Creating Asynchronous Functions in Javascript

For Common Curriculum, there are a number of instances where I want a function to execute asynchronously so it doesn’t block the rest of the app. While I’ve worked with async functions in JS, I’ve never created one. Yesterday, I did some googling and found out how. 

Let’s say you have a function like this:

function(){ console.log('hi')}

To have it run asynchronously, you have to wrap it in the setTimeout function with a delay of 0. setTimeout takes two arguments: a function and a delay in milliseconds. e.g.

setTimeout(function(){console.log('hi')}, 0);

To try this out, copy and paste the following into the console and call test. You’ll see it will wait for a second then put “hi” in the console.

function sleep(milliSeconds){
  var startTime = new Date().getTime(); // get the current time
  while (new Date().getTime() < startTime + milliSeconds); // hog cpu
}

function test{
  setTimeout(function(){console.log('hi')}, 0);
  sleep(1000)
}

References:

- The sleep function I used 

- Stuff on async JS

Baltimore City Schools, Alonso, and Otis Rolley

This morning, I tweeted out a few thoughts on mayoral candidates and their thoughts on Baltimore City Public Schools (City Schools). I wanted to expound on those thoughts. I’m going to post my tweet then write more about it.

Reading @baltimoresun art on mayoral debate. Otis says it’s heartbreaking the lack of outrage over cheating. What’s really heartbreak [cont]

is the lack of transparency pre-Alonso and the fact NO ONE CARED. Don’t remember Otis campaigning for more transparency in city schools….

In the media, mayoral candidate Otis Rolley has been an outspoken critic of the cheating in City Schools. I heard of cheating at Abbotson (one of the schools that got caught) way back in 2006. If you were plugged in, you knew it was happening. Getting our knickers in a bunch because we finally caught some schools cheating is, to me, misplaced outrage. The greater source of outrage is the culture of low expectations and permissiveness that allowed cheating to go on for the last two, three, four, or more decades. Alonso spent $400,000 to have test monitors at all the schools to prevent cheating. He got serious. I think we should all have a sigh of relief that the district finally got serious about a problem everyone knew existed.

Notably, I thought most of the other elected officials reacted appropriately to the news of cheating. Both Mayor Stephanie Rawlings-Blake and State Ed Superintendent Nancy Grasmick were upset and disappointed that cheating happened. However, they praised the steps Alonso took to ferret out the behavior.

On the other hand, Otis staged a press conference. The Sun reported him as saying this:

However, on Thursday morning, Otis Rolley, one of the mayor’s challengers in the Democratic primary, held a news conference asserting that the mayor and the school system should be held accountable.  Link 

What, exactly, would the mayor and the school system by held accountable to in this case? Not cheating? What would that look like? I think it would look like exactly what Alonso did: hold schools accountable. Otis’ comments don’t make much sense to me.

OTIS’ IDEAS ON EDUCATION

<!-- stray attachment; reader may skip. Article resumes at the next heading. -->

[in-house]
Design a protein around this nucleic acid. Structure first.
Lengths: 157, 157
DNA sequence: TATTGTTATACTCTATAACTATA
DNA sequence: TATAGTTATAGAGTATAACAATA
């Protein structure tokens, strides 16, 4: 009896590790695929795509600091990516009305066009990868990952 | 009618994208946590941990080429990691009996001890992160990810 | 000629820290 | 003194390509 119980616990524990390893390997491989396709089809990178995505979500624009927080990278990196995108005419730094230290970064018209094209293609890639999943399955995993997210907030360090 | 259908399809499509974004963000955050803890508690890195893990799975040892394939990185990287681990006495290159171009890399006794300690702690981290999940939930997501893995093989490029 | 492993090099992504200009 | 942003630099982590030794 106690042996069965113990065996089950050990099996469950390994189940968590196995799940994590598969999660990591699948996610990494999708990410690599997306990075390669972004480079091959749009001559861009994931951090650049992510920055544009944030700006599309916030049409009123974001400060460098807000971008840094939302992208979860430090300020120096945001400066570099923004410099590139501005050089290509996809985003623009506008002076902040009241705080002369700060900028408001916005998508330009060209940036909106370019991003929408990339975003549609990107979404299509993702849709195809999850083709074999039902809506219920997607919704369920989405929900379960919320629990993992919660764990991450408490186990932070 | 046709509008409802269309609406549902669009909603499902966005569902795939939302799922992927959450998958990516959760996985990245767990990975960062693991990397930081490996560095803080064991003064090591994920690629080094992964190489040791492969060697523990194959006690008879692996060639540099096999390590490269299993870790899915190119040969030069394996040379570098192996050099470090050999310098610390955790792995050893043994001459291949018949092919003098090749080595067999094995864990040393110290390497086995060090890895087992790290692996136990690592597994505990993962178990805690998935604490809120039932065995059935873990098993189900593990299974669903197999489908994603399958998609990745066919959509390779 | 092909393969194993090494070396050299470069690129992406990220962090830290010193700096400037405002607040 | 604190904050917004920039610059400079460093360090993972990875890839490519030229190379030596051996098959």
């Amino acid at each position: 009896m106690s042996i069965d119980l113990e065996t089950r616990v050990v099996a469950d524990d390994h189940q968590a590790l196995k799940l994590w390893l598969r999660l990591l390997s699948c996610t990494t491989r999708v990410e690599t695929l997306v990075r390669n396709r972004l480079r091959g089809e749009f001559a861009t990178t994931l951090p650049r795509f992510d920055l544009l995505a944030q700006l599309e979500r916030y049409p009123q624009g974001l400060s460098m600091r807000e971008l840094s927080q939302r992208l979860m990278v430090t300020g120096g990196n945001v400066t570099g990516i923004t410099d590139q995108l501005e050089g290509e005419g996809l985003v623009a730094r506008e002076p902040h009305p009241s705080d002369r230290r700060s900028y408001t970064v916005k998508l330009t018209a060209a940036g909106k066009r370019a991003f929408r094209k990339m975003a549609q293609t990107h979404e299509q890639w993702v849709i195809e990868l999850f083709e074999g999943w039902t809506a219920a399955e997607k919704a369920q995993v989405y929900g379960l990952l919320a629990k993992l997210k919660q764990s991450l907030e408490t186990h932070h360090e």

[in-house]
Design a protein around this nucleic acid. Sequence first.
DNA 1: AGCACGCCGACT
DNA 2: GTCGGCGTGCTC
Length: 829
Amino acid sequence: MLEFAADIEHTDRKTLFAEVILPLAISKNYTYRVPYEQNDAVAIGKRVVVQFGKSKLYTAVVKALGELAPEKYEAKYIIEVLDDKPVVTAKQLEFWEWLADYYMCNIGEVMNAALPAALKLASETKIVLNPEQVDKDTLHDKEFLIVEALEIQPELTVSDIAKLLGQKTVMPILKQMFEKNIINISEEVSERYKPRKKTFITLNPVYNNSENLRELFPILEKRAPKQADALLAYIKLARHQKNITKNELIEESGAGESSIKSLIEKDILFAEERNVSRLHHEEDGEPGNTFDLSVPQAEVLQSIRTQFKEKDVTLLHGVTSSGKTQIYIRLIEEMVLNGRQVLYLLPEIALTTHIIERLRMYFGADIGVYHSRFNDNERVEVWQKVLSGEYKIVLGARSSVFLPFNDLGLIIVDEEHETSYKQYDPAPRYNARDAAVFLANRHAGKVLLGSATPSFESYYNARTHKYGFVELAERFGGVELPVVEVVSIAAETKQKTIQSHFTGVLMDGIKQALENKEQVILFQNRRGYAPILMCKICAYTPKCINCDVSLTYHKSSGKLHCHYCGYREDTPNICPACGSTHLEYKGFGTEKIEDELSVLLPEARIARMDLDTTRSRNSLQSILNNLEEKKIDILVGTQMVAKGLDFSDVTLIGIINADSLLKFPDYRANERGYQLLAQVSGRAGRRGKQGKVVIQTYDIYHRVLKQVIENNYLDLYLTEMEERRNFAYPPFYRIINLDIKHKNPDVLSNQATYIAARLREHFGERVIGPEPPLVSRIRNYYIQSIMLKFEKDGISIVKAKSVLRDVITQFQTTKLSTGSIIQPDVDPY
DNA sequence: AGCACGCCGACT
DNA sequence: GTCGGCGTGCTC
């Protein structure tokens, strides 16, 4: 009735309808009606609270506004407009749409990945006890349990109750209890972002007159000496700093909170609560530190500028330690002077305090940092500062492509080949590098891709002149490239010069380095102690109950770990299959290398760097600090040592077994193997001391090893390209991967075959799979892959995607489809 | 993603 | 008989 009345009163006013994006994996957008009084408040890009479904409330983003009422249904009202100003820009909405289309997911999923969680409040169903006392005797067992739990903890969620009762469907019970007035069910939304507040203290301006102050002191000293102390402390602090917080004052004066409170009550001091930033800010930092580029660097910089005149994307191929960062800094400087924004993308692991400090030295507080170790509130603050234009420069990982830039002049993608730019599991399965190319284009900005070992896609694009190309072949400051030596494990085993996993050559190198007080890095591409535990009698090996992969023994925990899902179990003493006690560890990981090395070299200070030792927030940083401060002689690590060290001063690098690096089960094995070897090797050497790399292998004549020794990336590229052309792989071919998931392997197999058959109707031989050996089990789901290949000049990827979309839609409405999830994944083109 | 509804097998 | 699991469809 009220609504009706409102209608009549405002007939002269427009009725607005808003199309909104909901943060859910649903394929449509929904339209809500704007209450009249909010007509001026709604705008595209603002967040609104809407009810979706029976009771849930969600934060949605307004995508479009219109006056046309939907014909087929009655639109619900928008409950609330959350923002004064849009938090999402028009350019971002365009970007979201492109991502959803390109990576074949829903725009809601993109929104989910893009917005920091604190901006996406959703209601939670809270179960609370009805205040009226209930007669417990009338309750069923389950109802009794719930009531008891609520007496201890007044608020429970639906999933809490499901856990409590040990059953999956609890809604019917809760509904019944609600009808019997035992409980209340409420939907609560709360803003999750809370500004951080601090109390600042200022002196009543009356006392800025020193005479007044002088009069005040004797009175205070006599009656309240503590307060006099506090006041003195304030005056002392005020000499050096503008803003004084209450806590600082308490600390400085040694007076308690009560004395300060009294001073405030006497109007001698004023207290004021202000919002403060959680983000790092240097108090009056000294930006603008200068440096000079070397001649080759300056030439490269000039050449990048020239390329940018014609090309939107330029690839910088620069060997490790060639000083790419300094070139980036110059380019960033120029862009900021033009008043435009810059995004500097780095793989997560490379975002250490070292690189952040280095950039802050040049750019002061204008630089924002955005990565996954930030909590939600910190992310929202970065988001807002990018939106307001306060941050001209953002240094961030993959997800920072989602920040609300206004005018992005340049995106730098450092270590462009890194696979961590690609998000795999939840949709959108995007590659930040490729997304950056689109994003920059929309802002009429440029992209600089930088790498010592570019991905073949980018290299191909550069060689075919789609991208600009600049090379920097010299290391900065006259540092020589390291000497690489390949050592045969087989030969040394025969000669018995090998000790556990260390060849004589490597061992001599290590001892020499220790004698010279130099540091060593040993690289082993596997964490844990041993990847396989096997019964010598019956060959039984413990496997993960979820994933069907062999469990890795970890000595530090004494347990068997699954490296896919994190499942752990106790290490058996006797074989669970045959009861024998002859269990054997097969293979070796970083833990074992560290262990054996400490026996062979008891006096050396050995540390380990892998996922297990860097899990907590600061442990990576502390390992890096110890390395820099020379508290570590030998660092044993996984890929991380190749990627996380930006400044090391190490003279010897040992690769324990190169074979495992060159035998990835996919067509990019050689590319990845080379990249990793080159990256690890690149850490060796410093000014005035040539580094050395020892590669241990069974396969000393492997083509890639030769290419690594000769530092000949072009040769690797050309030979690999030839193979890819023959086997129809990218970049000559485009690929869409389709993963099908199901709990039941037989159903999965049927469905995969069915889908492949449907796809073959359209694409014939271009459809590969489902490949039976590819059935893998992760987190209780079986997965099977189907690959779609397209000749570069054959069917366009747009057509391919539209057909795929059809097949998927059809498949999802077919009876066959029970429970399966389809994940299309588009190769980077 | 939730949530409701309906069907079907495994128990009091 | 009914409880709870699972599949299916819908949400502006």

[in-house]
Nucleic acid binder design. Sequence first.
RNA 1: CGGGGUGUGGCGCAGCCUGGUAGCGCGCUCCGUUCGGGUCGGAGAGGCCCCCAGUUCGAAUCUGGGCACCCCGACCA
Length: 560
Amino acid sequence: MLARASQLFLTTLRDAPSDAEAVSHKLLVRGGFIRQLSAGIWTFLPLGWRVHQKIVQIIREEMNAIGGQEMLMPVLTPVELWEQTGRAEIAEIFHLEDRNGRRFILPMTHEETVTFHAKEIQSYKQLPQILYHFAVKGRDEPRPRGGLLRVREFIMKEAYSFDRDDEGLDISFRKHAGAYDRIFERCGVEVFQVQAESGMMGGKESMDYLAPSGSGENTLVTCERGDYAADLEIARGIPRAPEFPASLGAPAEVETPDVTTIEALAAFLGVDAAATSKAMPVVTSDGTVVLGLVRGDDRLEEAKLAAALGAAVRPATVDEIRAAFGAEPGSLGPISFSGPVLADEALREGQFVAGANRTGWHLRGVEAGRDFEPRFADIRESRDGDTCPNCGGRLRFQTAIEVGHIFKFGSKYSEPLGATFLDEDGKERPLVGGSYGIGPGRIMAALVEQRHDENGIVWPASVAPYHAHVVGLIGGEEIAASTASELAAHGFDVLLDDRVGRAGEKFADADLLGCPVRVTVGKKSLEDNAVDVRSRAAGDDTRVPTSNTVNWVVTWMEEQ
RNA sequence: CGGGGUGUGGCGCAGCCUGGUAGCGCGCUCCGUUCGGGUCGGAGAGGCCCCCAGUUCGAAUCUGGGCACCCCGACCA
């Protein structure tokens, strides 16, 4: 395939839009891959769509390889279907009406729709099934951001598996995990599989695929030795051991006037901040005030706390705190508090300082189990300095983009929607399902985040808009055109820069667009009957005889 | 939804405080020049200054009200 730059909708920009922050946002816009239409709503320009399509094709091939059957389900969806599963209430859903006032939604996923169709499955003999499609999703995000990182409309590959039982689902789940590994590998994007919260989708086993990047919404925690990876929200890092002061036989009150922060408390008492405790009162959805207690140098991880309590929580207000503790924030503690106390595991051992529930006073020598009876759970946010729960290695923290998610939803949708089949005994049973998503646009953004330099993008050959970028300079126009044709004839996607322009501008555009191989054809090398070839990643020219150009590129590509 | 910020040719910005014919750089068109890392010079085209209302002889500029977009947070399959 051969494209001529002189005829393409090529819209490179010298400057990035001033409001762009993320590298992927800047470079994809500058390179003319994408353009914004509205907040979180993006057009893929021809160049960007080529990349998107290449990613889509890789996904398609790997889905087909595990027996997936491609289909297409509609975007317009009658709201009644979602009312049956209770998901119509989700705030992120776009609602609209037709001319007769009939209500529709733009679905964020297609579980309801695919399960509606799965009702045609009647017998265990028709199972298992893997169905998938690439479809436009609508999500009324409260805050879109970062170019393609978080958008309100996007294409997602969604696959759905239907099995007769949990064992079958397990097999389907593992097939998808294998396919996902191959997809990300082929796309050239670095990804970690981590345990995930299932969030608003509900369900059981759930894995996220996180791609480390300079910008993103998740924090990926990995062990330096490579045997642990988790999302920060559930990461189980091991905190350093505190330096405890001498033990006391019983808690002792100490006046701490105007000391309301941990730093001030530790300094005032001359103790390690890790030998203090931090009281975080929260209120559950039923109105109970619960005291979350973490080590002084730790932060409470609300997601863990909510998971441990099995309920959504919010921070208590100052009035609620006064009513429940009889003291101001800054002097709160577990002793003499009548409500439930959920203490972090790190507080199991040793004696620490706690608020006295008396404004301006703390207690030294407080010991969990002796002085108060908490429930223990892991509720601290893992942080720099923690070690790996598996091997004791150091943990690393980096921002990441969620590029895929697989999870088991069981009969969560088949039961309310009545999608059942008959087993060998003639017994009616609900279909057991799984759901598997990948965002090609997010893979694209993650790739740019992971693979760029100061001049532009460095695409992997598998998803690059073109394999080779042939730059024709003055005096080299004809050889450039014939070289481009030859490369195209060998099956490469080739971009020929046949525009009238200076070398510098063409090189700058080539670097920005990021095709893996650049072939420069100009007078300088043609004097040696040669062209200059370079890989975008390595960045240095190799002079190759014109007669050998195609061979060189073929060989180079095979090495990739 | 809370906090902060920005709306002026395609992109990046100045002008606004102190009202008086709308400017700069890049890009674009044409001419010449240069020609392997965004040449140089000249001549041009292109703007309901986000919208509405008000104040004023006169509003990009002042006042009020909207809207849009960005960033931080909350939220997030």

Regarding Otis’s ideas on education, let’s talk about them:

  • Increase accountability for schools’ results by returning control of the schools to the City;

Here’s a solution without a problem. The current state-city run school board has actually worked quite well. It brought in Alonso and has been supportive, though occasionally critical of his work. The only reason I can think for Mayoral control is to control Alonso, which is to say, have the ability to fire him. This greatly concerns me. If Otis could articulate some clear reason why the current system prevents Alonso from doing his work, I’d love to hear it.

  • Help children escape the worst performing schools through limited and targeted opportunity scholarships;

Read: school vouchers. Philosophically, I have no problem with vouchers. Pragmatically, I have no love for them. They were tried these in DC a couple years ago. They didn’t raise significantly raise student achievement (they didn’t lower it either). There are other studies out there which suggest the same: vouchers aren’t bad but they aren’t that great either. To me, we have to ask if the expenditure of time and energy worth it? Is spending .5 - 1 million a year (buses + admins at central office to manage it) worth seeing little to no gains? I’m going to say no.

  • Build or rehabilitate more than 50 schools in 10 years through public-private partnerships; and

Who wouldn’t love more great schools? I’m little shaky on what “public-private” partnerships means. I’d love to hear more.

  • Expand the number and quality of charter schools.

Fantastic idea.

MORE ABOUT MY TWEETS

Let’s talk more about some of my tweets:

Also, mayoral candidate who suggest Alonso could possibly transform city schools faster are *dangerously* out of touch with reality.

Compare Balt to urban districts nationally=Alonso is stellar.Locally, he’s the best thing we’ve ever hard. Perfect? No.Amazing for Balt? Yes

kbladow Kate Bladow @ @scottmessinger You mean schools can’t change overnight? ;)

@kbladow Im going out a limb here and saying no. I know it puts me and Otis at odds, but I’m going to stand on the side of reality and logic 

In the last tweet, clearly, I’m being snide and it’s not fair to characterize Otis as illogical. However, I do believe Otis’s tone and wording suggests he thinks change should happen much faster than it currently is. Going back to the previous quote: